1. By his order dated 23-9-1953, Ramaswami J. directed that the taking of an account under Clause (1) of the decree in C. S. No. 39 of 1948 on the file of the sub Court of Coimbatore will be stayed pending App. No. 1097 of 1952 on the file of the High Court and that there would be no stay regarding any other portion of the decree In O. S. No. 39 of of 1948.
The main item of the decree in which stay of execution has been refused is one relating to the direction to defendants l to 4 to pay a sum of Rs. 7707 with interest at the rate of 6 per cent. per annum from 17-2-1947 till the date of realisation. It is alleged that this amount was due to the plaintiff because he had to pay sales-tax to the Government on account of the fact that the A licence was in his name though the business was conducted by the partnership consisting of plaintiff and defendants 1 to 4. During the period for which these amounts were due from the partnership, defendants 1 to 4 were in management and it was their duty to pay that sum though the licence stood in the name of the plaintiff.
On account of the failure of the defendants to pay that amount, the plaintiff was compelled to discharge the liability due to the Government arid the suit was, in addition to the prayer for taking of accounts, for payment of this amount from the defendants.
The Subordinate Judge, in addition to the direction to take accounts for a period subsequent to 7-11-1945, further ordered that defendants should pay that sum to the plaintiff with interest thereon. There was a further direction that in taking the accounts, the sales-tax due by the plaintiff for that period for his share be also taken into account. In the application by the defendants, the prayer was for a stay of the further proceedings relating to the taking of accounts and for execution of the decree regarding the Rs. 7707.
As stated, the learned judge stayed the further proceedings but refused to grant a relief to the defendants regarding the payment of Rs. 7707. It is against that portion of the order that the defendants have preferred the appeal and the question is whether that portion of the order refusing to stay the execution of the decree is a "Judgment" or not within the meaning of Clause 15 of the Letters Patent.
We do not propose to advert to all the cases, cited before us, but it becomes necessary only to consider the observations contained in the decisions subsequent to -- "Tuljaramraw v. Alagappa Chettiar', 35 Mad I (FB) (A) though there has been a body of case law prior to that taking a view that such an order would not amount to a judgment within Clause 15 of the Letters Patent, despite the fact that in -- 'the Justice of the Peace for Calcutta v. Oriental Gas Co.', 8 Beng LR 433 (B), Sir Richard Couch C. J. expressed an opinion 'obiter' that in cases where orders have been made in execution they would come within the definition of the word "judgment" in Clause 15.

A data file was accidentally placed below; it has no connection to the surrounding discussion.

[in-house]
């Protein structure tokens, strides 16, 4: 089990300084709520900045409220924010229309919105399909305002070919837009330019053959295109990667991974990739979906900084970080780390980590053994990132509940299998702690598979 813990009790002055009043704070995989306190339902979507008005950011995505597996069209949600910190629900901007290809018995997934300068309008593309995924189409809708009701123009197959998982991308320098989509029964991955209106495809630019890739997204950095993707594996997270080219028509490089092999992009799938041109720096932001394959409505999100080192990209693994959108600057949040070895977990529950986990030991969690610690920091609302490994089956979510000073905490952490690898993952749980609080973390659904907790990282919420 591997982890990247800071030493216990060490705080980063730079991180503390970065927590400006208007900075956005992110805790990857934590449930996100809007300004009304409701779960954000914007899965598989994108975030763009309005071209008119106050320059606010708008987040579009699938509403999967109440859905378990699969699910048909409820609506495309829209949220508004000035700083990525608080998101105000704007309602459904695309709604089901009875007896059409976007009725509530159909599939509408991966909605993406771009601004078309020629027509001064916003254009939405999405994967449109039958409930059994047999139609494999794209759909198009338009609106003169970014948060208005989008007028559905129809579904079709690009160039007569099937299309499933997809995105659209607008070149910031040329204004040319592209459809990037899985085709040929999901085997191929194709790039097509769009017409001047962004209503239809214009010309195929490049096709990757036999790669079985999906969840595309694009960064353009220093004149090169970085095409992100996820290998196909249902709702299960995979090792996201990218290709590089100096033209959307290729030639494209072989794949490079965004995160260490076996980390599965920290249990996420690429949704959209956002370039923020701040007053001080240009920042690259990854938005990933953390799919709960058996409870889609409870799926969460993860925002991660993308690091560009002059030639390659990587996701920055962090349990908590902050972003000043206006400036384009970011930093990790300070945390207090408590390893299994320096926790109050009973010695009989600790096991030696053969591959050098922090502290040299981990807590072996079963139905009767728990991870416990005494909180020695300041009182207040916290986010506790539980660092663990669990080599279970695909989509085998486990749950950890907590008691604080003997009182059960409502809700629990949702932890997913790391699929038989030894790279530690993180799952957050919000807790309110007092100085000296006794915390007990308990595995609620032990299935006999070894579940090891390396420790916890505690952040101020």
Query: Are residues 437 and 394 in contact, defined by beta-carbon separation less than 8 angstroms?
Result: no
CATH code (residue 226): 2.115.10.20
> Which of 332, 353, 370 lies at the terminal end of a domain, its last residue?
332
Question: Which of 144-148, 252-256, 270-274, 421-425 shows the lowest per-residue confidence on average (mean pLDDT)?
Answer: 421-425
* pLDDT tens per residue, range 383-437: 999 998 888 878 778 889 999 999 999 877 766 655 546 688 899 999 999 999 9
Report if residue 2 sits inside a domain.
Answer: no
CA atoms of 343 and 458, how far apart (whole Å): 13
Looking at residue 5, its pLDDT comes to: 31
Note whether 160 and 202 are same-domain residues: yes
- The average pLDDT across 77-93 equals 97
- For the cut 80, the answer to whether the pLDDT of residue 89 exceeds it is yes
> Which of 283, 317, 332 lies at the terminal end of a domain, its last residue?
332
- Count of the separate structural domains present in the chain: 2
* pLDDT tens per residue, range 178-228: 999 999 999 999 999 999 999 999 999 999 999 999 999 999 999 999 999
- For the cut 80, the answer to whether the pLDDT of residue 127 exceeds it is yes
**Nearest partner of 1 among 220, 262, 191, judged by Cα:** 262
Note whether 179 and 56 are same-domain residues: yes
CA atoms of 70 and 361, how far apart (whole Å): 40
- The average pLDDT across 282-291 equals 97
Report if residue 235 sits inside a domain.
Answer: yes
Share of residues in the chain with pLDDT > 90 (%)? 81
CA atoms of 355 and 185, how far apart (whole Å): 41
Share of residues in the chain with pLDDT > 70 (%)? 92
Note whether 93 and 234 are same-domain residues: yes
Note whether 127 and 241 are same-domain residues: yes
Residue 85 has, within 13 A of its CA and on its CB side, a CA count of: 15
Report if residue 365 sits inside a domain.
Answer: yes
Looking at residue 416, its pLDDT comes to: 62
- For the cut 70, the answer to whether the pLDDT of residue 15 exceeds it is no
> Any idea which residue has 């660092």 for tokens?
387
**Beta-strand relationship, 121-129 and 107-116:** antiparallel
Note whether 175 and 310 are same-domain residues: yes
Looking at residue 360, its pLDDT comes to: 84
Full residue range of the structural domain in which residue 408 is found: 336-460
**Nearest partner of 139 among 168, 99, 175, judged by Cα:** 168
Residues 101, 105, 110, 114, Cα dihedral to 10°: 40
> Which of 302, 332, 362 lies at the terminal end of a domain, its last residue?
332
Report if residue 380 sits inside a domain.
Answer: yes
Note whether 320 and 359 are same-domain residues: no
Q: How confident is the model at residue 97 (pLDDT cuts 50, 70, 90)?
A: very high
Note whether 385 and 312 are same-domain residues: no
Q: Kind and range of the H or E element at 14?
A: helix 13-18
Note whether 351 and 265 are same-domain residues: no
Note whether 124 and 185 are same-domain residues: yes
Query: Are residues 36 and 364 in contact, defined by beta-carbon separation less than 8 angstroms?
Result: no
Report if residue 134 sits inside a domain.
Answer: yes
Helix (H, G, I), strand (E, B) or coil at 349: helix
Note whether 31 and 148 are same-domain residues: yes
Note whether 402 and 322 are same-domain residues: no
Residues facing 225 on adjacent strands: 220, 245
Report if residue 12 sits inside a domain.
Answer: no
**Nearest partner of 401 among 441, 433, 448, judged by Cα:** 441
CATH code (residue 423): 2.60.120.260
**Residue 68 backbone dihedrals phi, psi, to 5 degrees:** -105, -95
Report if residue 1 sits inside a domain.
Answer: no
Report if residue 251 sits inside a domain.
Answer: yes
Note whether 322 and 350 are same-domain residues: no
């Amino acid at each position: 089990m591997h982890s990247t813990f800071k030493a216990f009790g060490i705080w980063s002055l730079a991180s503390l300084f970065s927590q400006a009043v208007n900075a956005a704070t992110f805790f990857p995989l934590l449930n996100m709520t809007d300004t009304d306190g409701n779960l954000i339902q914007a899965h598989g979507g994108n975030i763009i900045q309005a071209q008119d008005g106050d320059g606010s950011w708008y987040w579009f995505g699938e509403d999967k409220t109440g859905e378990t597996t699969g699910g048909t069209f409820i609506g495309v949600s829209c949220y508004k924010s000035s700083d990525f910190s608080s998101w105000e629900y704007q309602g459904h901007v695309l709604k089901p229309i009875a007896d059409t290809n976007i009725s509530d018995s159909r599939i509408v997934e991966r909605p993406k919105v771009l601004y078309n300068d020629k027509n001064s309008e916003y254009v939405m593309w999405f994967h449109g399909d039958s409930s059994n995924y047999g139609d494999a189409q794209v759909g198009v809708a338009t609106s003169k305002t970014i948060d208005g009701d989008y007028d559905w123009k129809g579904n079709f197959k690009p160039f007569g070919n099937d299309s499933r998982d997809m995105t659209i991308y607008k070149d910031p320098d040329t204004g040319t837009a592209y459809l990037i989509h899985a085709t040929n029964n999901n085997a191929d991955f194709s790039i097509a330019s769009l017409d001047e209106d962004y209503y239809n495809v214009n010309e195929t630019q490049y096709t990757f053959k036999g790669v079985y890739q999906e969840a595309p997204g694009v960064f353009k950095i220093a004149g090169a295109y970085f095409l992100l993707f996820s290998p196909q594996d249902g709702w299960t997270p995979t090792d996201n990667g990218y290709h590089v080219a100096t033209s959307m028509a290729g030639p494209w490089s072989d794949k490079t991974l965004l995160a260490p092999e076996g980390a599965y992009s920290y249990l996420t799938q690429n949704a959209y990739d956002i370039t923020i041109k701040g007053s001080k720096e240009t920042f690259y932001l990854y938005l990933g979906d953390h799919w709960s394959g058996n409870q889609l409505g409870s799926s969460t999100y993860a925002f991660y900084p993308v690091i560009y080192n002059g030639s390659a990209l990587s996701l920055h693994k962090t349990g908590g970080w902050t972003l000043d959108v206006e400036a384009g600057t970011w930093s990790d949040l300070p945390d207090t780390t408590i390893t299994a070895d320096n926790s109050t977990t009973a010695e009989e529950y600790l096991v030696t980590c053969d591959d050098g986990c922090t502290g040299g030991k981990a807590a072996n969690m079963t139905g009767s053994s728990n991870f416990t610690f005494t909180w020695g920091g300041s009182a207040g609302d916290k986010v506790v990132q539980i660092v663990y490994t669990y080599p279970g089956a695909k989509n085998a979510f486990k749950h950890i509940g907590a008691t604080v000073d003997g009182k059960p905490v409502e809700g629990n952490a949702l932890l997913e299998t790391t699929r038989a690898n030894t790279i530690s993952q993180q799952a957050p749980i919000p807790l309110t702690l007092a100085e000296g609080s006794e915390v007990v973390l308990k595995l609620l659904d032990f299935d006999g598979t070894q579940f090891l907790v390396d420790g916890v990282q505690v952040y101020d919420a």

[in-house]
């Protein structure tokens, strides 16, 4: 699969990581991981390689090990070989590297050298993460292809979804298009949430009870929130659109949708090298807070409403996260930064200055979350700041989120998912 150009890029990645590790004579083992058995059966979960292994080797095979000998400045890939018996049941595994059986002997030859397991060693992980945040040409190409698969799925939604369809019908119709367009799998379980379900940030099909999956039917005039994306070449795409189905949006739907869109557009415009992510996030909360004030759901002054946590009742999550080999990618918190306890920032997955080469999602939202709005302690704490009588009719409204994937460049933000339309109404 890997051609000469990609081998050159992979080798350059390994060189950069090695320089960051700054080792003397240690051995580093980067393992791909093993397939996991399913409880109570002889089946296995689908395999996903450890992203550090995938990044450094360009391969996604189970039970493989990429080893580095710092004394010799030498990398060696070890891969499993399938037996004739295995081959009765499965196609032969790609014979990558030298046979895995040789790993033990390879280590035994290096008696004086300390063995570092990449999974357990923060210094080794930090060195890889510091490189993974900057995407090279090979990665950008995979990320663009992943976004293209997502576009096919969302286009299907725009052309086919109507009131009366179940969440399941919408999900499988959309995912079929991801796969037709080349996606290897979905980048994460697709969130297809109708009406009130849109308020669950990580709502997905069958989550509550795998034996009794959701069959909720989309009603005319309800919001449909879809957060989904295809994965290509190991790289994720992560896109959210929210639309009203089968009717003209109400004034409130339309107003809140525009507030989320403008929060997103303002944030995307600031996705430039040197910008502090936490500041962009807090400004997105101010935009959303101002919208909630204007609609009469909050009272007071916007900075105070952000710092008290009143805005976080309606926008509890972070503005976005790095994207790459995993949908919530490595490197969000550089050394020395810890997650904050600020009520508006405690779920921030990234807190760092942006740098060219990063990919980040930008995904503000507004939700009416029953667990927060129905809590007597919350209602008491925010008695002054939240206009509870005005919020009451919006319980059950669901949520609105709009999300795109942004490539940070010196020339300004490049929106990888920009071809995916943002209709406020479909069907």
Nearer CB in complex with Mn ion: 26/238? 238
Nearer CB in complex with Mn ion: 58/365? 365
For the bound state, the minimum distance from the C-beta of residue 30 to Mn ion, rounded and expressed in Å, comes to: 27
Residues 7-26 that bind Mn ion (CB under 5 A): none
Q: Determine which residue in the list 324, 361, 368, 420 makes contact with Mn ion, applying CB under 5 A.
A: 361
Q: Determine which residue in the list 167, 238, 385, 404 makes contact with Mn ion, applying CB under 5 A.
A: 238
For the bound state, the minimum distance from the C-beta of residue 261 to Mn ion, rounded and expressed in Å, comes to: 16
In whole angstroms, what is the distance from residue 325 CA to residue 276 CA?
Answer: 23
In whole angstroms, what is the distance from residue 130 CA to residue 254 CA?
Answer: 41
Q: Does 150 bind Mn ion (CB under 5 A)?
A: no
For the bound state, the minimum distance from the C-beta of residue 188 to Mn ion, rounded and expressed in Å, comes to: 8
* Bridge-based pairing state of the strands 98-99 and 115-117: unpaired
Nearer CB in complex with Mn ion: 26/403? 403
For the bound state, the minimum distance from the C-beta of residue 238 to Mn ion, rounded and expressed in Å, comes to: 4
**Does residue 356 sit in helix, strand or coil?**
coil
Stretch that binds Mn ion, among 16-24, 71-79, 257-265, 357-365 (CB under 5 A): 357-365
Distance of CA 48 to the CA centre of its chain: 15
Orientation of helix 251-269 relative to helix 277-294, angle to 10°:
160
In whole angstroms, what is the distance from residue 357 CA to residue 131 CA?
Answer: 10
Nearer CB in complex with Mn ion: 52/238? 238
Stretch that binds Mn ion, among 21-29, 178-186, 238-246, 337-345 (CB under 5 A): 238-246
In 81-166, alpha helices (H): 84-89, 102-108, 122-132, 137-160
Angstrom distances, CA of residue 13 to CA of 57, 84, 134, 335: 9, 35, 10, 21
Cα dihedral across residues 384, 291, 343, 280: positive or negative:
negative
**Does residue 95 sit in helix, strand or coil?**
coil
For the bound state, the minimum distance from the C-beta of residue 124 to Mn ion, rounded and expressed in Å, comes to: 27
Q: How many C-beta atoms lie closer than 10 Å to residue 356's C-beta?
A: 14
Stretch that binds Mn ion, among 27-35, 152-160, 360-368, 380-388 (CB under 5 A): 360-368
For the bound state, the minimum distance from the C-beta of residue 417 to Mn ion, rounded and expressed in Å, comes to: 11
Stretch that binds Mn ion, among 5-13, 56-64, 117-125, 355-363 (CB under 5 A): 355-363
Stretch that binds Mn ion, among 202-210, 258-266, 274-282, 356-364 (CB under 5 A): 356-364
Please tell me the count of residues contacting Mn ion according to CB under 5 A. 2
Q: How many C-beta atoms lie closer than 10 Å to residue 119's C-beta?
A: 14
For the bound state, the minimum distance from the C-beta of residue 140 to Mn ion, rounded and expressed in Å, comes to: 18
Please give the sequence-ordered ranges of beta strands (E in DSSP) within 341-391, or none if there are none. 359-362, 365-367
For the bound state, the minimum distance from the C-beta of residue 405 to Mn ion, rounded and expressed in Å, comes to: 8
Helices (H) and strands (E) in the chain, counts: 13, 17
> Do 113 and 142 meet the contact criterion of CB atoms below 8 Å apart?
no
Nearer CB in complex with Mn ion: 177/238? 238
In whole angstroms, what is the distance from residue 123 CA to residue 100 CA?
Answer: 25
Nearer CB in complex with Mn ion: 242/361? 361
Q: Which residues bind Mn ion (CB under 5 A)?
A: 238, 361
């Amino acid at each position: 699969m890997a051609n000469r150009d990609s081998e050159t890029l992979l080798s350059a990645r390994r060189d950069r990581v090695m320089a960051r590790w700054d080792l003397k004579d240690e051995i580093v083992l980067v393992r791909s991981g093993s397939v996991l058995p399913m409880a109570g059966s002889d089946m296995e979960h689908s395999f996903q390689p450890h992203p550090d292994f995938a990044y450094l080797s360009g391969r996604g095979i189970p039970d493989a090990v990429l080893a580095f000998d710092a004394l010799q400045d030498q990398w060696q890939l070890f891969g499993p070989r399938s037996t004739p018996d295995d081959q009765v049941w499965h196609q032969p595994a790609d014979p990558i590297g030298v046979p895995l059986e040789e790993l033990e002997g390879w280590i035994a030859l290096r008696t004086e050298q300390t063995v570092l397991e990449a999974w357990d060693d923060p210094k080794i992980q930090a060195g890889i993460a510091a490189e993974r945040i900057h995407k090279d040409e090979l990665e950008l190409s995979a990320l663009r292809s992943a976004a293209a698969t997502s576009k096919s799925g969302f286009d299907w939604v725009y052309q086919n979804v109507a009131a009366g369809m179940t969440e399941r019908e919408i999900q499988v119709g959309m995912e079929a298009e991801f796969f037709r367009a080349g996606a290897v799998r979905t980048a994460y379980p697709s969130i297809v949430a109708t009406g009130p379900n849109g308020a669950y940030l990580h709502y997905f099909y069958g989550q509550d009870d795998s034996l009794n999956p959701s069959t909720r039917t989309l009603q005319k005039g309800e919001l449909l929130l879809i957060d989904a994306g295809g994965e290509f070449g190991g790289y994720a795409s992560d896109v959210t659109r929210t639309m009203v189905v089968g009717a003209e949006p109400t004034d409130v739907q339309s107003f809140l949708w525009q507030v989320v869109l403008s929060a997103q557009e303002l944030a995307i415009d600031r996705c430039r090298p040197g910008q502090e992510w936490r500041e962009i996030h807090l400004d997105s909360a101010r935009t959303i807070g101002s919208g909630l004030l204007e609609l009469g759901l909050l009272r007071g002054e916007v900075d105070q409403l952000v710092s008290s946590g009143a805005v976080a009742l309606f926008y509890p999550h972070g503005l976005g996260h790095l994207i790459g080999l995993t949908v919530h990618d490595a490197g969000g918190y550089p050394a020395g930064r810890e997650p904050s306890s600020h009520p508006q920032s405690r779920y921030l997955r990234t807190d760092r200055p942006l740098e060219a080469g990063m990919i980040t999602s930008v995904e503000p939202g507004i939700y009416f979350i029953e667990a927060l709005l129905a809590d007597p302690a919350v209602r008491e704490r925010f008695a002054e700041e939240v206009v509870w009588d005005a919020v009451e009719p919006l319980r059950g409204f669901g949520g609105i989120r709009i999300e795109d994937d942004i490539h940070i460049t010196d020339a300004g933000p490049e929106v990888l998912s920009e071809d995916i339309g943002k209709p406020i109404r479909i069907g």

The cases reported in -- 'Durga Prasada Nayadu v. Malikarjuna Prasada Nayadu', 24 Mad 358 (C> and -- 'Kodiba Sahib v. Rahimatulla Sahib', 3 Mad LT 307 (D) have taken the view that an order refusing stay of execution passed by a single Judge of the High Court would not amount to a judgment under Clause 15.
To the same effect are the observations of Petheram C. J. in -- 'Mohabir Prosad Singh v. Adhikari Kunwar', 21 Cal 473 (E), though that was a case where Section 608 of the old Code, corresponding to Order 41, Rule 5, C. P. C., a single Judge had directed security for costs in execution to be given and it was held that such an order was not a judgment.
The trend of decisions subsequent to -- '35 Mad 1 (PB) (A)' in this Court is consistently to the effect that an order of a single Judge refusing stay of execution is a judgment though there is to be seen a very minor discordant note that where execution has been stayed, it may not amount to a judgment. But there is one exception to that rule in the case reported in -- 'Vairavan Chettiar v. Ramanathan Chettiar', 14 Mad LW 701 (F), where Oldfield and Ramesam JJ. have held that the order of a single Judge sitting ia the Admission Court dismissing a petition for stay of execution is not a judgment within the meaning of Clause 15 and no appeal lies therefrom to a Division Bench on the ground that the earlier decision in -- '24 Mad 358 (C)' which took a similar view has not been overruled by the 'obiter dictum' in --'35 Mad 1 (PB) (A)'.
But, as will be shown presently, the large catena of case law subsequent to -- '35 Mad 1 (FB) (A)' is in favour of allowing an appeal against such an order under Clause 15.
We have already stated that this Bench is bound to follow the decision in -- '35 Mad 1 (FB) (A)' and as such it is now necessary to see how far even statements which may be 'obiter' in that case have been consistently not departed from in later cases. At p. 8 of -- '35 Mad 1 (PB) (A)' Sir Arnold White C. J. says thus :